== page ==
Sunday, August 13, 2017


I recently found a sobriety coin on the sidewalk. I had heard of sobriety coins, but never viewed one up close. When I got in my car I examined the coin in detail. On one side The Serenity Prayer is inscribed.  On the other, the length of sobriety achieved, the phrase “To thine own self be true”, and the words unity, service and recovery. This particular coin signified 18 years of sobriety; 18 years. Wow! We often hear people joke during lent how difficult it is to give up something for 40 days. How could they ever manage 18 years?
As I held the coin in the palm of my hand, I felt a powerful connection with it. I was overcome with deep emotion and pushed to tears. It was not lost on me what this coin signified. Who was this soldier of sobriety that formerly owned this coin? What demons must they have overcome to have reached such a monumental milestone in their recovery? Were they still living in a state of sobriety? I have friends and family members who have battled addiction and are in recovery.  I know all too well, and have experienced the pain, heartbreak and destruction it brings. I’ve also seen the positive effects of sobriety as a result of the hard work of those who work the program and genuinely want to be healthy again.
Sobriety is described as a state of living sober. I was challenged to examine my own life in an attempt to understand, what areas do I need to experience sobriety? Where do I need to gain control over a negative force that serves only to destroy me, and perhaps, at times, those around me? If I were to be completely honest, which is a key step in sobriety, and choose one, it would be fear.
Fear of:
  • failure
  • rejection
  • what the future holds (don’t we all these days?)
  • being hurt by those I love and trust
  • being used and taken advantage of
  • getting my heart broken… again (I could write another 100 blogs on this one)
  • growing old alone 
The list certainly goes on. These unhealthy fears hold me in an intoxicated state, prohibiting clear thinking and experiencing the life I’m truly meant to live. 
The first step in sobriety is admitting you are powerless over your dependence. Yikes, admitting weakness. That alone sparks fear, yet it must be spoken aloud and confronted in order to free myself from its clutches. OK. Here goes… Hello, my name is LoriAnn and I need sobriety from fear. Phew! Step one, check.
An interesting fact about the sobriety coin is that it not only represents the years of sobriety a member achieves, but, it represents AA's commitment to the receiver - not the receivers’ commitment to AA".  This is partly why it’s critical for recoverings to attend meetings.  They need the support of their community. Community is vital for continued sobriety.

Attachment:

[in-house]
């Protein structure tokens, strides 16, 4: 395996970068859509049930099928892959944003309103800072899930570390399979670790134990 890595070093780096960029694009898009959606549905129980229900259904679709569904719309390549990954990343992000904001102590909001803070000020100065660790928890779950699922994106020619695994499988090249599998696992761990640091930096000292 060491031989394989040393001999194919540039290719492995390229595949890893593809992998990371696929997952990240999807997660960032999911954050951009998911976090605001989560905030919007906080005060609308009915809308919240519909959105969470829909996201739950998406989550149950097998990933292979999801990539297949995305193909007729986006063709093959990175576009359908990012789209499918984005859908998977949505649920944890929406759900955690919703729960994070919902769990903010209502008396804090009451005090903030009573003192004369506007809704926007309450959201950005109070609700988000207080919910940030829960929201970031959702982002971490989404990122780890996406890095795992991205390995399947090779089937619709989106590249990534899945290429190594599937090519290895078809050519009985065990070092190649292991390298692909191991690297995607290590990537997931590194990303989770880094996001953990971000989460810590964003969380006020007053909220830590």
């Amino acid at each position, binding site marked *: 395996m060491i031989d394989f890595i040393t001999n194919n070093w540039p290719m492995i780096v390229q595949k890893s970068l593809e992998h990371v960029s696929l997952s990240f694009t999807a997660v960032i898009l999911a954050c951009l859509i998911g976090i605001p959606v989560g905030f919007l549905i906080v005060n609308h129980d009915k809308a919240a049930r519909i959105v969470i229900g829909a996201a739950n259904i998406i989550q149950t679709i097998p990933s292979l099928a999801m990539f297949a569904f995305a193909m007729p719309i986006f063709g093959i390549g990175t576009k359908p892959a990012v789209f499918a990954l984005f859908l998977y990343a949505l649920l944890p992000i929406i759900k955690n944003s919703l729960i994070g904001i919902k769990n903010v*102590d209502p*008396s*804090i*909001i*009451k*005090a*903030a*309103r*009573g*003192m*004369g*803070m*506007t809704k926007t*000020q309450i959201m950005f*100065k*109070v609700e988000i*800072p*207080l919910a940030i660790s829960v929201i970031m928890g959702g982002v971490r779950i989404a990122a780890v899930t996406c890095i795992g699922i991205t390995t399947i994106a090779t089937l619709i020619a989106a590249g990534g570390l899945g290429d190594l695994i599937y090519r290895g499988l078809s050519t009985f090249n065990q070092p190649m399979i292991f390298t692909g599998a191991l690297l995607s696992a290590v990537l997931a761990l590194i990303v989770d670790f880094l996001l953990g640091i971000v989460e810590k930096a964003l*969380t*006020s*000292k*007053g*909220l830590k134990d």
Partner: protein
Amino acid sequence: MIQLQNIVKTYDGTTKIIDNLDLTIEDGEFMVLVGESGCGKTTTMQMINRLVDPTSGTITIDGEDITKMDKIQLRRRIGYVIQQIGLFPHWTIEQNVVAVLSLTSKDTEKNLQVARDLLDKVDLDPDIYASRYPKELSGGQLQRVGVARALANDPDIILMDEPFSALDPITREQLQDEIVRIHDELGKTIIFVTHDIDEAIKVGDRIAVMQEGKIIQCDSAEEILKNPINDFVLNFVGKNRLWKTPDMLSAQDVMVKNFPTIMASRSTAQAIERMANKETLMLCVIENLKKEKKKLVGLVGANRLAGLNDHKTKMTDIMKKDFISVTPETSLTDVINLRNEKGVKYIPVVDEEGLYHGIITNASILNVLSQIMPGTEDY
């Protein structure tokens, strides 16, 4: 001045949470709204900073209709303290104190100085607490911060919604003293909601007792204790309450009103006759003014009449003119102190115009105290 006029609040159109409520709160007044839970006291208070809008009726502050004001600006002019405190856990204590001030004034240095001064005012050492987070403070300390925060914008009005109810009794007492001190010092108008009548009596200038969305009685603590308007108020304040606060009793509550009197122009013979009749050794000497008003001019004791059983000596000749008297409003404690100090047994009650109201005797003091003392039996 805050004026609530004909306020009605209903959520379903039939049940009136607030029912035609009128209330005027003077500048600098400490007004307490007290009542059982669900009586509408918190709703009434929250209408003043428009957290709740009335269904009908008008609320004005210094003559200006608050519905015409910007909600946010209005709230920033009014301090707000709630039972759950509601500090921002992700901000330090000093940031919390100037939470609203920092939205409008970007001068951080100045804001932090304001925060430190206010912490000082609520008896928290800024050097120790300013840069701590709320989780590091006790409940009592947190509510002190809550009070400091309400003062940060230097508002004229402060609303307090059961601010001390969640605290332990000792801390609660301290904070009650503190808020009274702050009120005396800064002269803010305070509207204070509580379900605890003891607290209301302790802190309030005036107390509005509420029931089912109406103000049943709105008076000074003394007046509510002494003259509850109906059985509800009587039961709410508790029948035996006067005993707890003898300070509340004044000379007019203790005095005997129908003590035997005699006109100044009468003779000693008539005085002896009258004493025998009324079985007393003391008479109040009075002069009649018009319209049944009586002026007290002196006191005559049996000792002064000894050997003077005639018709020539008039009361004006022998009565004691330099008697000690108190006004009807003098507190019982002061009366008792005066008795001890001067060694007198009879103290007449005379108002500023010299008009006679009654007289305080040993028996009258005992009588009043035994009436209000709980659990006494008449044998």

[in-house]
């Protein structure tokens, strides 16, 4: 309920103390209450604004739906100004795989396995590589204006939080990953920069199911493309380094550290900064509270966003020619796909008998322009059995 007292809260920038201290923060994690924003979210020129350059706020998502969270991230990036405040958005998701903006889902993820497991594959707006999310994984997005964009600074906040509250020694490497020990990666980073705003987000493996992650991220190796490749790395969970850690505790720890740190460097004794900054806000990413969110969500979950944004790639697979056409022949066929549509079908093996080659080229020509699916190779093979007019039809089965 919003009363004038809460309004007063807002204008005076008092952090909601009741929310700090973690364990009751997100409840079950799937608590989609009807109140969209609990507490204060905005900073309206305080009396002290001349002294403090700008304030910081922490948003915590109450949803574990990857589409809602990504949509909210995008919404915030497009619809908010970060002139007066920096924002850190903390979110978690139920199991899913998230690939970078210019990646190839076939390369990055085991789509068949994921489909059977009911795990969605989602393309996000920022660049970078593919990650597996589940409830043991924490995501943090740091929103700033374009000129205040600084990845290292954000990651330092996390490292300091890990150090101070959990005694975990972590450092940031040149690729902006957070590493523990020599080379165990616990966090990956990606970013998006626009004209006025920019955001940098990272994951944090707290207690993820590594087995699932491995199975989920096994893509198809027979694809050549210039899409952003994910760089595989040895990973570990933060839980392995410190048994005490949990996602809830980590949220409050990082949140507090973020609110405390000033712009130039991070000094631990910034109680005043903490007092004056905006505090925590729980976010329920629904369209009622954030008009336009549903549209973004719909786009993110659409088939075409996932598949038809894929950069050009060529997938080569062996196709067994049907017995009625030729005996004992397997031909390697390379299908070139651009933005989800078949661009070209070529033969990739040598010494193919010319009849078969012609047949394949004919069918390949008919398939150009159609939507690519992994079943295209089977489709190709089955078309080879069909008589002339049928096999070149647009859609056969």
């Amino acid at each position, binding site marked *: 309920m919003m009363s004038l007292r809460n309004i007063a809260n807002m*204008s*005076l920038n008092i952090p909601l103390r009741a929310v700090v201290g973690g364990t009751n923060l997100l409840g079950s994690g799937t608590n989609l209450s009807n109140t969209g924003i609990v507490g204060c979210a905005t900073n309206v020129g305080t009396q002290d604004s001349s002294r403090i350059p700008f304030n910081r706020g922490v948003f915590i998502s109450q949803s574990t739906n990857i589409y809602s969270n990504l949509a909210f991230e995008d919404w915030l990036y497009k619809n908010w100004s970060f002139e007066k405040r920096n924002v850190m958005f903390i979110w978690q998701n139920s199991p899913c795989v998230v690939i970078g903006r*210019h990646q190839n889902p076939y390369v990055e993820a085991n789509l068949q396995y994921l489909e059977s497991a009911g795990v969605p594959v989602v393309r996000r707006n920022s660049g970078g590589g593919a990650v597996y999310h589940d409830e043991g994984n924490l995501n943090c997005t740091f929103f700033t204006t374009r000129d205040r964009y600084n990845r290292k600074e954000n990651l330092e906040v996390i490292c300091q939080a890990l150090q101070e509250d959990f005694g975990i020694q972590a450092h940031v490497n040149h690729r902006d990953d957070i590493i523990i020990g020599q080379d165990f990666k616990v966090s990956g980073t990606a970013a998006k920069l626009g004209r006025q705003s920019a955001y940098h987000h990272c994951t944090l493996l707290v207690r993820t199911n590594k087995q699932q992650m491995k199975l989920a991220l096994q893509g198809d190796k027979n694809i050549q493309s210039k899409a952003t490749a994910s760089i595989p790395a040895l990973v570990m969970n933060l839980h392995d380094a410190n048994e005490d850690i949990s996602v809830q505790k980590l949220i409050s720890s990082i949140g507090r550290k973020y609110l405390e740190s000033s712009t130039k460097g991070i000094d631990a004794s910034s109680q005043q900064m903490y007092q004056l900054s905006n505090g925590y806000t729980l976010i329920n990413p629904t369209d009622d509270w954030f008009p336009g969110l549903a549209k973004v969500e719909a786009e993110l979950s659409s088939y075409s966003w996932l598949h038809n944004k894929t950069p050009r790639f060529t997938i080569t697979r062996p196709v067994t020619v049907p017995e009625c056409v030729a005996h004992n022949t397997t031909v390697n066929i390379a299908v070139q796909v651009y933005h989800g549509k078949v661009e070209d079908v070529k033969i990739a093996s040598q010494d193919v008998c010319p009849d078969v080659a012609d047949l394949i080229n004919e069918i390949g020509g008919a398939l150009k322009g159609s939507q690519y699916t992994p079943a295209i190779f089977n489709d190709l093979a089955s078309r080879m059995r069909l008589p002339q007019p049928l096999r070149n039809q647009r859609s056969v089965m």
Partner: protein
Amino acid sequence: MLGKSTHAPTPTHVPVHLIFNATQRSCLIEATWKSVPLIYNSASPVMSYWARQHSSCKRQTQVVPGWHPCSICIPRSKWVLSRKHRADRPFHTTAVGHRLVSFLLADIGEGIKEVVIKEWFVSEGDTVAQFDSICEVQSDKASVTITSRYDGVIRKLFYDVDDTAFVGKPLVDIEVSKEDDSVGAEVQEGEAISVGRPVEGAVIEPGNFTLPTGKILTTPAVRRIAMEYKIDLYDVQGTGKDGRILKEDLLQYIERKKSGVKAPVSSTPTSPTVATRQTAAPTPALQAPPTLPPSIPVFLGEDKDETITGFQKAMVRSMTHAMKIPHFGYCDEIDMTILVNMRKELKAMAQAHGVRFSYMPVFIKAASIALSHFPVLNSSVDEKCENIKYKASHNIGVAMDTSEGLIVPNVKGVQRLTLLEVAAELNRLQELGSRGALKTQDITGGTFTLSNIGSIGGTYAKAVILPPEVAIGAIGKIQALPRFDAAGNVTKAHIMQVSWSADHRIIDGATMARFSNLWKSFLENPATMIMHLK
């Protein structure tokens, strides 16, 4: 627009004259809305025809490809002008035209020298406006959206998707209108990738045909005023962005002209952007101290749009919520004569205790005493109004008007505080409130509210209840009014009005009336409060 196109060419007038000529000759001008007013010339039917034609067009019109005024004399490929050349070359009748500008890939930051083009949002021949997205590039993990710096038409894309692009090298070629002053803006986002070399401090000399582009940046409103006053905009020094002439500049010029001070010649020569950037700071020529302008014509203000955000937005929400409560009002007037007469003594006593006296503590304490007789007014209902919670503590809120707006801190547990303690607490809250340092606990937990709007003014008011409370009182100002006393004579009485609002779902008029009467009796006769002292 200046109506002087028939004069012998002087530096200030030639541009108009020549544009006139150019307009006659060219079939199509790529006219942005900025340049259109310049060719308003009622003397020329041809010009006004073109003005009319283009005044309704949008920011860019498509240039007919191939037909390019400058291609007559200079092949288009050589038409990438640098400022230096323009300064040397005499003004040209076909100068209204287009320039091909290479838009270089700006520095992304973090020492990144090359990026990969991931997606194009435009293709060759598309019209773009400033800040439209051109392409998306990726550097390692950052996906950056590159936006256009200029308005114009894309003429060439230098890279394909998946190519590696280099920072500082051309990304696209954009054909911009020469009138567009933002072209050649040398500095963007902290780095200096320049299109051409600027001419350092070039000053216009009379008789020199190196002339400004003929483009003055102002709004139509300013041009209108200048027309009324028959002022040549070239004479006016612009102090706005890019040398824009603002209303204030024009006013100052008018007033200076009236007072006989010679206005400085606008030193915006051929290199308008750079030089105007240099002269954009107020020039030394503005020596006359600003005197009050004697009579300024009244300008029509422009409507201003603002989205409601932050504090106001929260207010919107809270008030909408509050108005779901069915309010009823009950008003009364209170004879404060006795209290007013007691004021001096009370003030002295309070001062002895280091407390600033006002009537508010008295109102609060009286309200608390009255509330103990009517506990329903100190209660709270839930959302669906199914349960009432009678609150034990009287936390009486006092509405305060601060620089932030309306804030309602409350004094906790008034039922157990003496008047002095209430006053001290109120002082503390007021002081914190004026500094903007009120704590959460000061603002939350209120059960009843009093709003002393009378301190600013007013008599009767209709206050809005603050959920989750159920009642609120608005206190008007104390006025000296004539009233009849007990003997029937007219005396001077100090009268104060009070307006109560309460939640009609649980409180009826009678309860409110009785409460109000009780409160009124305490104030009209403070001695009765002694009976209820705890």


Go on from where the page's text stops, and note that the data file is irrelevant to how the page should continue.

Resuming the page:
I underwent an unexpected set back a few months ago that propelled me into the depths of fear. The fear paralyzed me in such a way that I was rendered unable to get out of bed for several days and spiraled into a debilitating depression. I was fortunate enough to have a community of family and amazing friends to pull me out of the dark chasm I had fallen into. They didn’t just check in on me with trite messages and calls; no, they showed up in fierce and real ways. They were my recovery group, my community, my people. They pushed me hard, daily, to move past my fears. They proved to me that living in fear wouldn’t change the outcome of my situation.  They also challenged me to surrender my independence and allow them to take care of me. 

How many times have you heard a recovering say "I've got this under control this time". These are lies used to perpetuate pushing their support and home team away. I was guilty of the same.  When you've not showered long enough to where even your dog refuses to sleep with you, you've eaten enough Ben & Jerry's to keep them in business for the  next few years and, you've binged watched Snapped or, worse, The Kardashian's, you certainly don't have this under control.  Vulnerability is not an easy playground for me to hang in. Standing emotionally naked in front of those I have spent years proving I’m a warrior to was daunting.  By shedding the ego, stripping away my insecurities and allowing my “true” community to be there I was able to detox from the fear and pain I was in and experience sobriety from its attempts to hold me hostage. I had to grab that gravy sucking bull called fear by the horns and let it know who was really boss here. I’ve since learned that I can’t stop fear from coming to me, but I do have the power to stop it from getting in me.